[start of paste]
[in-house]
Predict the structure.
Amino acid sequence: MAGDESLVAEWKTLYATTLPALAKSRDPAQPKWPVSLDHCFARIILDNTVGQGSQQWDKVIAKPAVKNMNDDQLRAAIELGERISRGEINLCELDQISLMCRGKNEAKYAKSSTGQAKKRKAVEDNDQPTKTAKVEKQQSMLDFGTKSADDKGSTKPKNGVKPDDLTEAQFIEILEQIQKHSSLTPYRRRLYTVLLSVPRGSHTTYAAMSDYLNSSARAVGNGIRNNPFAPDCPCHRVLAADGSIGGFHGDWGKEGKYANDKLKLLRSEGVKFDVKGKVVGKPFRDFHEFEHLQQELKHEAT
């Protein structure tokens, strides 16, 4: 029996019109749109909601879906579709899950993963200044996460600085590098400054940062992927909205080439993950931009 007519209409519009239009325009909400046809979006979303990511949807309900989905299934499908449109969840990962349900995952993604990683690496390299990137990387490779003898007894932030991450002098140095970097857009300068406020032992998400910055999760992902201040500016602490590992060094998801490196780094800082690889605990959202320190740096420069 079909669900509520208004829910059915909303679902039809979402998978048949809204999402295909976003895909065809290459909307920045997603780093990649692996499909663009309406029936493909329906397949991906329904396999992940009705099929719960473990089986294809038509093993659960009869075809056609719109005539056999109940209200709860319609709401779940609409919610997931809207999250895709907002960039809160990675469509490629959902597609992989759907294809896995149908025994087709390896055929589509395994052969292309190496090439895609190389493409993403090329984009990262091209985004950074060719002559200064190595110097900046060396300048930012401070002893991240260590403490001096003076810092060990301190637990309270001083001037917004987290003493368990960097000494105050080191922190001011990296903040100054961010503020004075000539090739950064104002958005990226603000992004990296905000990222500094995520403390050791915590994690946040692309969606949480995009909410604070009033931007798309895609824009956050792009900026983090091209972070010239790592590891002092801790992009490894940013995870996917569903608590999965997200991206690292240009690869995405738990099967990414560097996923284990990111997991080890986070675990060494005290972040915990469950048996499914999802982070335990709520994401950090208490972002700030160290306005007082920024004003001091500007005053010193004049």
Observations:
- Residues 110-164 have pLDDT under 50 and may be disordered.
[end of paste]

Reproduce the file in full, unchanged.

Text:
[in-house]
Predict the structure.
Amino acid sequence: MAGDESLVAEWKTLYATTLPALAKSRDPAQPKWPVSLDHCFARIILDNTVGQGSQQWDKVIAKPAVKNMNDDQLRAAIELGERISRGEINLCELDQISLMCRGKNEAKYAKSSTGQAKKRKAVEDNDQPTKTAKVEKQQSMLDFGTKSADDKGSTKPKNGVKPDDLTEAQFIEILEQIQKHSSLTPYRRRLYTVLLSVPRGSHTTYAAMSDYLNSSARAVGNGIRNNPFAPDCPCHRVLAADGSIGGFHGDWGKEGKYANDKLKLLRSEGVKFDVKGKVVGKPFRDFHEFEHLQQELKHEAT
């Protein structure tokens, strides 16, 4: 029996019109749109909601879906579709899950993963200044996460600085590098400054940062992927909205080439993950931009 007519209409519009239009325009909400046809979006979303990511949807309900989905299934499908449109969840990962349900995952993604990683690496390299990137990387490779003898007894932030991450002098140095970097857009300068406020032992998400910055999760992902201040500016602490590992060094998801490196780094800082690889605990959202320190740096420069 079909669900509520208004829910059915909303679902039809979402998978048949809204999402295909976003895909065809290459909307920045997603780093990649692996499909663009309406029936493909329906397949991906329904396999992940009705099929719960473990089986294809038509093993659960009869075809056609719109005539056999109940209200709860319609709401779940609409919610997931809207999250895709907002960039809160990675469509490629959902597609992989759907294809896995149908025994087709390896055929589509395994052969292309190496090439895609190389493409993403090329984009990262091209985004950074060719002559200064190595110097900046060396300048930012401070002893991240260590403490001096003076810092060990301190637990309270001083001037917004987290003493368990960097000494105050080191922190001011990296903040100054961010503020004075000539090739950064104002958005990226603000992004990296905000990222500094995520403390050791915590994690946040692309969606949480995009909410604070009033931007798309895609824009956050792009900026983090091209972070010239790592590891002092801790992009490894940013995870996917569903608590999965997200991206690292240009690869995405738990099967990414560097996923284990990111997991080890986070675990060494005290972040915990469950048996499914999802982070335990709520994401950090208490972002700030160290306005007082920024004003001091500007005053010193004049």
Observations:
- Residues 110-164 have pLDDT under 50 and may be disordered.